This year, as I file my taxes, I’m looking at hybrid bikes that are capable of both road and trail riding—I like to camp at trailheads and wander into the backcountry. This year, I’m going to try to find single-track trails along trout streams—on public lands, of course—and pedal into the backcountry to fish. I don’t know if you’ve looked lately, but good bikes aren’t cheap. The guys at my local bike shop are pretty diligent, though. They’re helping me decide on the right model, but no matter what, I’m going to hand over several hundred dollars.

I live where I live for a reason, and that reason is stretched out around me for hundreds of miles in nearly any direction. I have, at my fingertips, hundreds of destinations where I can take my investment (you know I pay for that camper every month, with interest, to my local credit union, right?) and enjoy the things I love to do. I can take my thousands of dollars worth of gear, my SUV, my camper, my friends and family and all the food, fuel and booze we’ll need to survive a weekend in style and just … disappear.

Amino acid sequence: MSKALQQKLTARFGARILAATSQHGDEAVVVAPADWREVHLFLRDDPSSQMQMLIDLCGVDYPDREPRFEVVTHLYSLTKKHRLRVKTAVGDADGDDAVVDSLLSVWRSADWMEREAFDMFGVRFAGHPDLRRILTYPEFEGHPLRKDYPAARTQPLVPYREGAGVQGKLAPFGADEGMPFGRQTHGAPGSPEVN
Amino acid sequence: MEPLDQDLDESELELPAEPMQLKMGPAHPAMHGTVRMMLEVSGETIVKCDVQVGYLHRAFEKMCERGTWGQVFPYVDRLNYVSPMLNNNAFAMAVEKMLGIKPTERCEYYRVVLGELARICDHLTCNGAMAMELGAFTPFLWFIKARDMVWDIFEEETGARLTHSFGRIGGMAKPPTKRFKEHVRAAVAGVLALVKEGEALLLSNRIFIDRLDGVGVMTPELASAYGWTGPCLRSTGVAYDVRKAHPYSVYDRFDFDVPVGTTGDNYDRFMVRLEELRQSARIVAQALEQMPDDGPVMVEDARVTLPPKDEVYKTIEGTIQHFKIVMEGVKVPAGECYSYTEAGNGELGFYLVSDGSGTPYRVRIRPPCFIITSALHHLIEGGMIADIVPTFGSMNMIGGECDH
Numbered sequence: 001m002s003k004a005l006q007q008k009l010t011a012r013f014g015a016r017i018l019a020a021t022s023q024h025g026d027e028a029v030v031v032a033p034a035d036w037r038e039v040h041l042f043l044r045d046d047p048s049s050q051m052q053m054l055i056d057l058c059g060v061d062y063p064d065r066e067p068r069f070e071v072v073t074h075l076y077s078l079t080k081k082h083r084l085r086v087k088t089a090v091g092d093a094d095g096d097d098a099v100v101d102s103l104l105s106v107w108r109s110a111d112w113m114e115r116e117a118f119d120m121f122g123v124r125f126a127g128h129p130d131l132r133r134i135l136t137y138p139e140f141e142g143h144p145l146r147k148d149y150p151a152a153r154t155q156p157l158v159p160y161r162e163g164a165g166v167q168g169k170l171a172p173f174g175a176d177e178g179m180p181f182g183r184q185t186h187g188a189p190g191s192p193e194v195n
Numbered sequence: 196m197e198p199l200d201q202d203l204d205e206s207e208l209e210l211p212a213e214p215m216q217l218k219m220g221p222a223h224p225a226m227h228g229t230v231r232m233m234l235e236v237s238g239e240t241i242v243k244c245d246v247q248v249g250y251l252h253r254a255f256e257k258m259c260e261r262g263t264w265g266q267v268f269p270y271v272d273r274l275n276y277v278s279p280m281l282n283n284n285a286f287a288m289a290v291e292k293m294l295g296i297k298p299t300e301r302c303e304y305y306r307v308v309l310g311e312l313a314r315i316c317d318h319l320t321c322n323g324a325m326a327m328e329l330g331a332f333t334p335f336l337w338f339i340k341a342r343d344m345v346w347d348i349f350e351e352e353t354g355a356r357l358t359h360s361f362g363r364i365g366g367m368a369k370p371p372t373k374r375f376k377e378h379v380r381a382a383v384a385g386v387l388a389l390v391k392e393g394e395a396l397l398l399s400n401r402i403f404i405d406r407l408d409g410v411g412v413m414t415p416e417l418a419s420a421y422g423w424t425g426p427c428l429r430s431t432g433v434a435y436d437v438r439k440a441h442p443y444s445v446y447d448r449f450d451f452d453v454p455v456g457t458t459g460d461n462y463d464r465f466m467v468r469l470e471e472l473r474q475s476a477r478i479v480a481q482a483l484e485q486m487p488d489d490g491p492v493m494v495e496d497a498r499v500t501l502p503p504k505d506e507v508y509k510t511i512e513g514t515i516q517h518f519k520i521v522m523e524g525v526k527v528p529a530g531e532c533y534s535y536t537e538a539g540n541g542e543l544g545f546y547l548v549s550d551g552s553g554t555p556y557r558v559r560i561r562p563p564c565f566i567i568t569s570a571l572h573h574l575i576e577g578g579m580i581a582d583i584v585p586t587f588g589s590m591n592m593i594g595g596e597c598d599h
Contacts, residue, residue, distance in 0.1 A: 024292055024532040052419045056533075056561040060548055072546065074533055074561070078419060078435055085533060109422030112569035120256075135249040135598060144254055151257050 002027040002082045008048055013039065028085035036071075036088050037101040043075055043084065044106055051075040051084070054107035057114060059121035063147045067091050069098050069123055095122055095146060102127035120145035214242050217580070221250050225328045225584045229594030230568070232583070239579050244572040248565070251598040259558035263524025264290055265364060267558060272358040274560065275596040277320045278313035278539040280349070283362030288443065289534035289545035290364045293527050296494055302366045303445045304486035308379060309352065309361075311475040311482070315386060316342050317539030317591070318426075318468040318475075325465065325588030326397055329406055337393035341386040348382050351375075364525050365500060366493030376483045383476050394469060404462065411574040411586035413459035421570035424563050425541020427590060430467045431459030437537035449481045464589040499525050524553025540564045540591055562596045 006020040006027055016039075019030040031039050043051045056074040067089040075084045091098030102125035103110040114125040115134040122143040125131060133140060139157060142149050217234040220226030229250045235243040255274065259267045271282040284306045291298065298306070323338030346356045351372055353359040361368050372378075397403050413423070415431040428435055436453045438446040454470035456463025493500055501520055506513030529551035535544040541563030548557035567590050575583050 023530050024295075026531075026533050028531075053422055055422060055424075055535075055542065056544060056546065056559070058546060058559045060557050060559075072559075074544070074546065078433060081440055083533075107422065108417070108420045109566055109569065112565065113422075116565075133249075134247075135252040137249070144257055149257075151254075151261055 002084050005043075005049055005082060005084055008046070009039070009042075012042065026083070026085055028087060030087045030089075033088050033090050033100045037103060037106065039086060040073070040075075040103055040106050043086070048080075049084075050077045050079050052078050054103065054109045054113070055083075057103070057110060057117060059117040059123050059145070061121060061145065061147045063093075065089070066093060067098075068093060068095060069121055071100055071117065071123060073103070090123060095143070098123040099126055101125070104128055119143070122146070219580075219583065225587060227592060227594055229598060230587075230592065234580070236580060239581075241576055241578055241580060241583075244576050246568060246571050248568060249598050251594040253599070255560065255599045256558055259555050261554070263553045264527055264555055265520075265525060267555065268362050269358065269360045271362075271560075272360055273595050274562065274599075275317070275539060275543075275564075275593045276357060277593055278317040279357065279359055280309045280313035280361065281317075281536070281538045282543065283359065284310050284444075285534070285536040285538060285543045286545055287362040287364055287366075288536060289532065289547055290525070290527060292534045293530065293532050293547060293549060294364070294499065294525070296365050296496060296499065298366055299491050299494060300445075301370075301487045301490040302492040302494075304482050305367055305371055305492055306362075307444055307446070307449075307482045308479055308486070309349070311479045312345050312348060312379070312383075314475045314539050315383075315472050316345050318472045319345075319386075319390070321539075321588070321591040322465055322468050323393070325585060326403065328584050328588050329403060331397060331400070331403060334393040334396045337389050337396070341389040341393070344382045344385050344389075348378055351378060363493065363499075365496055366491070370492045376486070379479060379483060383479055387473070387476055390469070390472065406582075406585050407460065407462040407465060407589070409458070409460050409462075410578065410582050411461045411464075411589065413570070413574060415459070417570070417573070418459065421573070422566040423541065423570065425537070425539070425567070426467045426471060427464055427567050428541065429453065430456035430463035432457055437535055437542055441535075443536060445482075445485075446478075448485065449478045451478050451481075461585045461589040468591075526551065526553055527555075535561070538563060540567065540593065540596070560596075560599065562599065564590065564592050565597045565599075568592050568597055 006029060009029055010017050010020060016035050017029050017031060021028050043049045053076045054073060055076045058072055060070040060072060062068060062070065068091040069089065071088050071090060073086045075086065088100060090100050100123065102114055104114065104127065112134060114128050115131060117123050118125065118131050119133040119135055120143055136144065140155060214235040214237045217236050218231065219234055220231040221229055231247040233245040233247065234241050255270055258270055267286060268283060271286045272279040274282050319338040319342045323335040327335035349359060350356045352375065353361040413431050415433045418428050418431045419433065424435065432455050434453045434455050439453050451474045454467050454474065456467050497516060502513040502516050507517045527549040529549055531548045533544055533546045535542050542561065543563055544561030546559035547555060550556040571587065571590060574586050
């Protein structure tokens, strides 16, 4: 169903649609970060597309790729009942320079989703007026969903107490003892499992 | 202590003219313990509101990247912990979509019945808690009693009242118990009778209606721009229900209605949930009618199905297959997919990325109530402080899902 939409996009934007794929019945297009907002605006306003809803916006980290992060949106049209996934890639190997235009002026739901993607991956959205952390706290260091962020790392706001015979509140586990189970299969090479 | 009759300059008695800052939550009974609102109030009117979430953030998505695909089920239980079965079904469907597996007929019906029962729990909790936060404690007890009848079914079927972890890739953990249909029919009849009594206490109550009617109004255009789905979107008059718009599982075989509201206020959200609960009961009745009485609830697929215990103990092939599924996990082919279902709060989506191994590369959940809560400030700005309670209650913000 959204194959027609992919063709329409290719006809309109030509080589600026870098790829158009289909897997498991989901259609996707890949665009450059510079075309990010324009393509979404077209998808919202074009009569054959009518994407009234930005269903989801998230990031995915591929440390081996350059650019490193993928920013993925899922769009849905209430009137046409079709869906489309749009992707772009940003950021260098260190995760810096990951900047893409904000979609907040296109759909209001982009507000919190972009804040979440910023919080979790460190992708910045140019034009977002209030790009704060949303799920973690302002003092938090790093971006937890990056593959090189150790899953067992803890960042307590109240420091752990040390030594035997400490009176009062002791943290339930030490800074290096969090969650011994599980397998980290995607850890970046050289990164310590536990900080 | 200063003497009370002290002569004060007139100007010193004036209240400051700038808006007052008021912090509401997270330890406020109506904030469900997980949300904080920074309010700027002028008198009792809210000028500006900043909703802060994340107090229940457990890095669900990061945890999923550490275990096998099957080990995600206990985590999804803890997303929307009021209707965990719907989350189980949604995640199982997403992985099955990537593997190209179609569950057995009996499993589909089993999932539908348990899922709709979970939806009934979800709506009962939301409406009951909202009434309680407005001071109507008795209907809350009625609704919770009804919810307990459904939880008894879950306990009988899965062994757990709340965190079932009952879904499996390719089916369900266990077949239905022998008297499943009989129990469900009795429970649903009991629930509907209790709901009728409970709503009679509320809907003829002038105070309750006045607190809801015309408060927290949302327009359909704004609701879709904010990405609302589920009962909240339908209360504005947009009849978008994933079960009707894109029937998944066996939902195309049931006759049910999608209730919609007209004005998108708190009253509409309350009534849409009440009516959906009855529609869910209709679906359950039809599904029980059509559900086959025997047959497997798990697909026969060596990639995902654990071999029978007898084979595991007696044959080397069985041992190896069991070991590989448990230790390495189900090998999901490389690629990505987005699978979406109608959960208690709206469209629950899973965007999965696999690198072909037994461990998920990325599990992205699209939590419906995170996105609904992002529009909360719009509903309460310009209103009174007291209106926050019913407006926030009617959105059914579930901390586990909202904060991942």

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Arctic grayling from the Tangle River, Alaska. Public lands.

But recently, a few members of Congress did something that scared the hell out of me. They introduced a bill in the House that would have directed the Department of Interior to sell off more than 3 million acres of public land, mostly in the West, including 110,000 acres in my home state of Idaho and several thousand acres of land within a day’s drive of me and my camper.